A final consideration is interference between Bluetooth and other technologies, such as WiFi, that use similar 2.4GHz frequencies. As mentioned in a previous post, there’s negligible overlap between Bluetooth and WiFi channel frequencies.
In summary, Bluetooth is more suited to electrically noisy environments and also offers low cost, low power and secure wireless communication.
These conclusions correlate well with our own empirical observations. We have found that Bluetooth advertising is still received in environments we have measured, using a RF spectrum analyser, to be electrically noisy around 2.4GHz . We believe this is because Bluetooth advertising hops across three frequencies such that there’s less likelihood of noise on all three. Advertising is also very short, typically taking 1 or 2 ms, making the coincidence of the noise and the advertising less likely than would be the case of a longer transmission.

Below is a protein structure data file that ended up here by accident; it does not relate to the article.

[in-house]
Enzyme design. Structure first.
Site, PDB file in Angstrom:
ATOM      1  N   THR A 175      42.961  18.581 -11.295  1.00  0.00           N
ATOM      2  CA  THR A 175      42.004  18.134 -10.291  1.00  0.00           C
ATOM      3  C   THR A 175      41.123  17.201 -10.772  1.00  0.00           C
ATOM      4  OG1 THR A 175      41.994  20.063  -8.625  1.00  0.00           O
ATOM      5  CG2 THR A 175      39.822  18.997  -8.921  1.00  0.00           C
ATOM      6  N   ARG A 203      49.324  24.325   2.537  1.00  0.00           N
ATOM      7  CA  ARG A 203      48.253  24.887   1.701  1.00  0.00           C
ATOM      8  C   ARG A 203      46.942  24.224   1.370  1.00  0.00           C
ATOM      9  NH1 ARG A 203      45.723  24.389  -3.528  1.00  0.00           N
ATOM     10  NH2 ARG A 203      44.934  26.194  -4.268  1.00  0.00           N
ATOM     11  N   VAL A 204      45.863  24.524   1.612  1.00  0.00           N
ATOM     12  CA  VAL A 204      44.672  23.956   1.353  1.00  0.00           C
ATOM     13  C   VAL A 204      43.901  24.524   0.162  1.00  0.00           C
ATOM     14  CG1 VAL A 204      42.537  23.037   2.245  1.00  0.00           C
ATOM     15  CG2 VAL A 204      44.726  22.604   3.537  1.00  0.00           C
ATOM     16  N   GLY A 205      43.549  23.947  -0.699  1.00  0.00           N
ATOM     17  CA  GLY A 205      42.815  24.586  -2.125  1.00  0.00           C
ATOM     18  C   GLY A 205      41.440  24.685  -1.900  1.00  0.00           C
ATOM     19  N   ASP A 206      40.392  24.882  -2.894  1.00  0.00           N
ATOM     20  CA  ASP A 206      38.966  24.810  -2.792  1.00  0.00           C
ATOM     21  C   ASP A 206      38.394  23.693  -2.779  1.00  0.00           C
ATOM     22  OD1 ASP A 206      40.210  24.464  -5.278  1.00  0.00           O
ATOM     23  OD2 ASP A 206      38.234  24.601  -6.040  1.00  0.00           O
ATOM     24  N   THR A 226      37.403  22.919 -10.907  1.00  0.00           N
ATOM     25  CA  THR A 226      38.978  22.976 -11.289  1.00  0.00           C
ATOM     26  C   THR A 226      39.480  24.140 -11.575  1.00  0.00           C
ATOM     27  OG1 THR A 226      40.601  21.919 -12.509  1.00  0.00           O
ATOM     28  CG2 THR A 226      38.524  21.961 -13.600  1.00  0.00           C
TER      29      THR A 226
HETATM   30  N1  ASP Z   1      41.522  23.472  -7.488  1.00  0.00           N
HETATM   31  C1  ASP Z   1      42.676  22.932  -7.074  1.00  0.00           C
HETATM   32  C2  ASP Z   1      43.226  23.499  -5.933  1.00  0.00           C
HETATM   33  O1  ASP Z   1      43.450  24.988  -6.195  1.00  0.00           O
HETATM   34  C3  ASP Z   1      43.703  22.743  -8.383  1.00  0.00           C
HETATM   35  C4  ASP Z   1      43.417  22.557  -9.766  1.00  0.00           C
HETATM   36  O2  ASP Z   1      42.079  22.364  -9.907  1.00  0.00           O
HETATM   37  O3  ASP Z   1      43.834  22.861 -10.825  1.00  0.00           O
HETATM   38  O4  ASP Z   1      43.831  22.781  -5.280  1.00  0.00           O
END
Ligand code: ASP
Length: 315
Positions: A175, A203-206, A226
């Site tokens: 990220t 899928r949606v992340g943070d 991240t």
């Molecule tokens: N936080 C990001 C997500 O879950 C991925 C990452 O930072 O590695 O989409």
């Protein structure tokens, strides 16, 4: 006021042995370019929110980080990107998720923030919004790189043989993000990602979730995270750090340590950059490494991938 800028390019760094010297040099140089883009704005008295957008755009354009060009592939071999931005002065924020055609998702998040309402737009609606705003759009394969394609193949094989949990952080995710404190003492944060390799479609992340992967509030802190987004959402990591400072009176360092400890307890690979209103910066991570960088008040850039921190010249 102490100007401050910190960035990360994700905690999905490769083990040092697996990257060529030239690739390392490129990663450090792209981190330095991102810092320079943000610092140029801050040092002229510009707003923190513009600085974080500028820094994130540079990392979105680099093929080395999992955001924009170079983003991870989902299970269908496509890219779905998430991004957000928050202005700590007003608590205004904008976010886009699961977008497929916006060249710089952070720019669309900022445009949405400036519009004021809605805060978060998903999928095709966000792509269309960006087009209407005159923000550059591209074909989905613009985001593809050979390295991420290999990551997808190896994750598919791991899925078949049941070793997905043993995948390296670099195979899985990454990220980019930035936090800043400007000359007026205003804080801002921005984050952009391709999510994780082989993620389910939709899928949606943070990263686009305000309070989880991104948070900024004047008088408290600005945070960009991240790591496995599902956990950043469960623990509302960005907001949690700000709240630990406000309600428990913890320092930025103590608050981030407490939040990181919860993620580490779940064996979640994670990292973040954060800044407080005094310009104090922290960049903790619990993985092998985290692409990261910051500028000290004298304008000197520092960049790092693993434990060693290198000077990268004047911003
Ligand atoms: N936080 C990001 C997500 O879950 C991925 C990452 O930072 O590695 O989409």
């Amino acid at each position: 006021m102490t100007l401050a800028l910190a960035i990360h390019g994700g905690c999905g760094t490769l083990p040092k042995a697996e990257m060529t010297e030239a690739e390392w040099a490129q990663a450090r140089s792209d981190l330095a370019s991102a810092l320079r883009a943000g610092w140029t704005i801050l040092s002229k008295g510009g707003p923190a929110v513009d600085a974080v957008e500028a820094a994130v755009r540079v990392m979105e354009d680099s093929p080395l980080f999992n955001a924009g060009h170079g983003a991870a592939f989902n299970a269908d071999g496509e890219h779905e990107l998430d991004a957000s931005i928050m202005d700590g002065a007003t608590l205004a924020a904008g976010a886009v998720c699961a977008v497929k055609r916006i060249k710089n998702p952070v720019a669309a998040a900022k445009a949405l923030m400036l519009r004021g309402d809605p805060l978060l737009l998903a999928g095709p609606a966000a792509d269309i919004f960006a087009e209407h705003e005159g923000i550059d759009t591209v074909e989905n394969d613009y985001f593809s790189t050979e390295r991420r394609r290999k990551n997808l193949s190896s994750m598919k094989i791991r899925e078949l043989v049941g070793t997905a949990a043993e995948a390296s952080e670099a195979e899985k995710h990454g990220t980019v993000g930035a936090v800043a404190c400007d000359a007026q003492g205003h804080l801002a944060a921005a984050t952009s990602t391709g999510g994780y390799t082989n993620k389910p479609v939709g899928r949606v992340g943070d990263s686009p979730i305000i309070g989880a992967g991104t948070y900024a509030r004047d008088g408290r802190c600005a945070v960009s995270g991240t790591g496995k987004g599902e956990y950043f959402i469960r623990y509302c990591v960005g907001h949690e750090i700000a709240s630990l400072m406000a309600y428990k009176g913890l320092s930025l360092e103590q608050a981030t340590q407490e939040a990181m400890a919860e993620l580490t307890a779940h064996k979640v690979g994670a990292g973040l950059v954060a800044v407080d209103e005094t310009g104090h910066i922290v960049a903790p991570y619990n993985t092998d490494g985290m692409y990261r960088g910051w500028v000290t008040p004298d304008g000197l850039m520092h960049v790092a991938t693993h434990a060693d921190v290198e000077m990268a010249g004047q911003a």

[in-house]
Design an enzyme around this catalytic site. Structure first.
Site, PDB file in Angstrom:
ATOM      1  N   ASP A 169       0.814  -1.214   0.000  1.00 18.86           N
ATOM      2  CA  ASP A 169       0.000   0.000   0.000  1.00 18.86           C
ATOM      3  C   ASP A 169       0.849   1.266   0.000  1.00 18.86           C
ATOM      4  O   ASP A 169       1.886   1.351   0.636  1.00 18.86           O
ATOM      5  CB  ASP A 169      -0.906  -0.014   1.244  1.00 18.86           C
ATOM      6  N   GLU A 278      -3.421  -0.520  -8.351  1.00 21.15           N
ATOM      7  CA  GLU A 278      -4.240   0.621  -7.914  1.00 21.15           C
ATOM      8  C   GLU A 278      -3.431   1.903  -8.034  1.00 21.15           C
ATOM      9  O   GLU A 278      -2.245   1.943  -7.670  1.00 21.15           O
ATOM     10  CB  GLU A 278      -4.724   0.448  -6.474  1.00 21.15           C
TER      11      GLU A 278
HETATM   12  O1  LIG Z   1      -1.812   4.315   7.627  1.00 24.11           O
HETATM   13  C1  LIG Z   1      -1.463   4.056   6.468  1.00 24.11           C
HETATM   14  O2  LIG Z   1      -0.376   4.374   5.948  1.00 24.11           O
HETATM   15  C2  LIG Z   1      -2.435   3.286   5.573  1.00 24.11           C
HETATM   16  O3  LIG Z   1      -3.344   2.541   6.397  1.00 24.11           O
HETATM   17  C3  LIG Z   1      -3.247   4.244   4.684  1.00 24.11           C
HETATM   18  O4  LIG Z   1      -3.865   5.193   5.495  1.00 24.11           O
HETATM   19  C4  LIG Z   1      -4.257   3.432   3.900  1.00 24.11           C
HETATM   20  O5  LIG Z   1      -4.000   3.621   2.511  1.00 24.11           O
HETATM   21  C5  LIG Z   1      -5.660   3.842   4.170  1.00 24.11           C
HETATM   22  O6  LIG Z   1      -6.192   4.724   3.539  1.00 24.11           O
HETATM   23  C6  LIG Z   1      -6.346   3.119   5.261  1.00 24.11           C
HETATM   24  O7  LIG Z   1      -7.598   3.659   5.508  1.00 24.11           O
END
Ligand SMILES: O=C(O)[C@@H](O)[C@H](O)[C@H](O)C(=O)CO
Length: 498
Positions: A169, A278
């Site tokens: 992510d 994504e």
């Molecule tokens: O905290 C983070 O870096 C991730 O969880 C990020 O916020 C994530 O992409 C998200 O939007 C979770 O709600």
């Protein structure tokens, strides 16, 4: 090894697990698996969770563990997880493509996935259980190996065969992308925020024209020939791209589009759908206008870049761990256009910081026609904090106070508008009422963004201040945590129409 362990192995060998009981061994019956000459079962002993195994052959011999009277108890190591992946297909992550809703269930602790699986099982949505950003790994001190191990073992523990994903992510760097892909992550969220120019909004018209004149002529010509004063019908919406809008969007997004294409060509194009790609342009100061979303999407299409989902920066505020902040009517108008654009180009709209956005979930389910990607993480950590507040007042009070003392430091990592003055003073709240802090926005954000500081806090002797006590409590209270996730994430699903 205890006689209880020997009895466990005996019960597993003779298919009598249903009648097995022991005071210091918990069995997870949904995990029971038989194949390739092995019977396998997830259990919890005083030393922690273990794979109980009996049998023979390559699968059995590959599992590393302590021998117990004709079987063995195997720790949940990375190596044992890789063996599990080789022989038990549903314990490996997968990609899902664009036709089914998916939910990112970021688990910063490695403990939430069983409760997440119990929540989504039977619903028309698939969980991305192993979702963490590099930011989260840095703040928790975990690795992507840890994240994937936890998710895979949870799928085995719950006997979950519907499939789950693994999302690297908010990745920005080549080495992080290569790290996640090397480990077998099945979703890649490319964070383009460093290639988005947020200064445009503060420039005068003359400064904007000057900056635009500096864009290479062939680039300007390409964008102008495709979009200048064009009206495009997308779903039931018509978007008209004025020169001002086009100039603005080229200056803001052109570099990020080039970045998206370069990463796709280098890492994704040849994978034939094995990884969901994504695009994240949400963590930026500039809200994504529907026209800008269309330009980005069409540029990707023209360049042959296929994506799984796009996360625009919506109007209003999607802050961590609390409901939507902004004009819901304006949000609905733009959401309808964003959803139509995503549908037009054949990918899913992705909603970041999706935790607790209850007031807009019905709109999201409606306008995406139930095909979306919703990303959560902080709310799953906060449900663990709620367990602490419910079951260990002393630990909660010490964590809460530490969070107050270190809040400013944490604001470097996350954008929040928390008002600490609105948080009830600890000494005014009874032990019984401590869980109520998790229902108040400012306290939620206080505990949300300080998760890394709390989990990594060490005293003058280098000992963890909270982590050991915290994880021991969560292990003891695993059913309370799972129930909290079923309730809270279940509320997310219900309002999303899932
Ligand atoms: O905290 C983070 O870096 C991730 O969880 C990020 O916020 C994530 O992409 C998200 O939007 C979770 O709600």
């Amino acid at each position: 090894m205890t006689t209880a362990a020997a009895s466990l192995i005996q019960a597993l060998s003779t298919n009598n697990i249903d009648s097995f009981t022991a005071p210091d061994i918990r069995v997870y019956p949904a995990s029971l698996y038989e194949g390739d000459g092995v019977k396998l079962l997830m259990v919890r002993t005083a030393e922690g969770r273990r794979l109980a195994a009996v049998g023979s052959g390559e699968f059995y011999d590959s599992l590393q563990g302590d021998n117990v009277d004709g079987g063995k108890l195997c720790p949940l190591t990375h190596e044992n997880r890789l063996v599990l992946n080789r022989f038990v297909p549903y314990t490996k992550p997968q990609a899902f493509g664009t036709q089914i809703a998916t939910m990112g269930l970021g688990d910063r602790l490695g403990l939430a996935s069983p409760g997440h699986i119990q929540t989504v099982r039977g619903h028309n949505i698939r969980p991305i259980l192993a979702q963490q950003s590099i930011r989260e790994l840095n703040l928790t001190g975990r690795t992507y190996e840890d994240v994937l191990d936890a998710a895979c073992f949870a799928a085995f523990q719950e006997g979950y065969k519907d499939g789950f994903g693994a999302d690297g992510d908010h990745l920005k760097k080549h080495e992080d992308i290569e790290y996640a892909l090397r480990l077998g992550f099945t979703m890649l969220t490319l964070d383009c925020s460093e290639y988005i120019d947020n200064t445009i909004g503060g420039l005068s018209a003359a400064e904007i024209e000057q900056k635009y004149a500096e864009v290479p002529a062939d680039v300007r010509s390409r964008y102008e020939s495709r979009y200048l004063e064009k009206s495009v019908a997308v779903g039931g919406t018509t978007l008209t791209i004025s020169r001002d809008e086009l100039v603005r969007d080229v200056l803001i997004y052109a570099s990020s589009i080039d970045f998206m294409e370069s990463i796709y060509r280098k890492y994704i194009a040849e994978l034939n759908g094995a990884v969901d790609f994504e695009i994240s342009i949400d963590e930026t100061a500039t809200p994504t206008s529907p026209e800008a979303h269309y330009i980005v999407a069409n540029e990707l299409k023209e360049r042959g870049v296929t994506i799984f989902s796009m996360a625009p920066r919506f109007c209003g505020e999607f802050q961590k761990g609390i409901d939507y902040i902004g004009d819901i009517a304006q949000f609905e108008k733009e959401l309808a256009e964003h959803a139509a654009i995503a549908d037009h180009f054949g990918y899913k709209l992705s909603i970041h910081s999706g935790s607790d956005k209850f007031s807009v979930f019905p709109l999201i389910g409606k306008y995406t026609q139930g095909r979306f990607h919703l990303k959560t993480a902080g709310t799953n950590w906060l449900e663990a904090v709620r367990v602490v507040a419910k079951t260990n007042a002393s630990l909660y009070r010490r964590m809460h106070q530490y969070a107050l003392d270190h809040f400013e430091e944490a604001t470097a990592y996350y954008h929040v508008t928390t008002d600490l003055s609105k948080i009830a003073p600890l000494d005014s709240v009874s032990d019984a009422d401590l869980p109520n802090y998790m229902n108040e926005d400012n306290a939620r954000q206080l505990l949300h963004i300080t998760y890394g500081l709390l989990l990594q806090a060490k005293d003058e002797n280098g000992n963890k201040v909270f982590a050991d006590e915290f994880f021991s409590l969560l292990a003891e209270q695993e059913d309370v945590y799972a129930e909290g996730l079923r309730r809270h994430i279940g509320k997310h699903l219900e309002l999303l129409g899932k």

It has been our experience that solutions using Bluetooth advertising are more reliable than those using Bluetooth (GATT) connections, especially in noisy environments when it’s difficult to maintain the chatty protocol of a connection over a long time period. In noisy situations, advertising is usually seen on a future transmit/scan if the first advertising is lost. By coincidence or design, Bluetooth Mesh is built on communication via advertising rather than connection and for this reason is also reliable on the factory floor.
However, using Bluetooth isn’t a silver bullet. There are situations where factories, or more usually parts of factories, have reflective surfaces or unusual radio frequency (RF) characteristics stretching into unforeseen frequencies. Poorer performing WiFi also needs to be considered in context of choosing between Ethernet and WiFi gateways and Bluetooth mesh.
It’s important to do a site survey including RF spectral analysis. This will uncover nuances of particular critical locations or coverage that can drive subsequent hardware planning. It can also feed into requirements for software processing, for example particular settings for processing within a real time locating system (RTLS) to cater for more varying RSSI.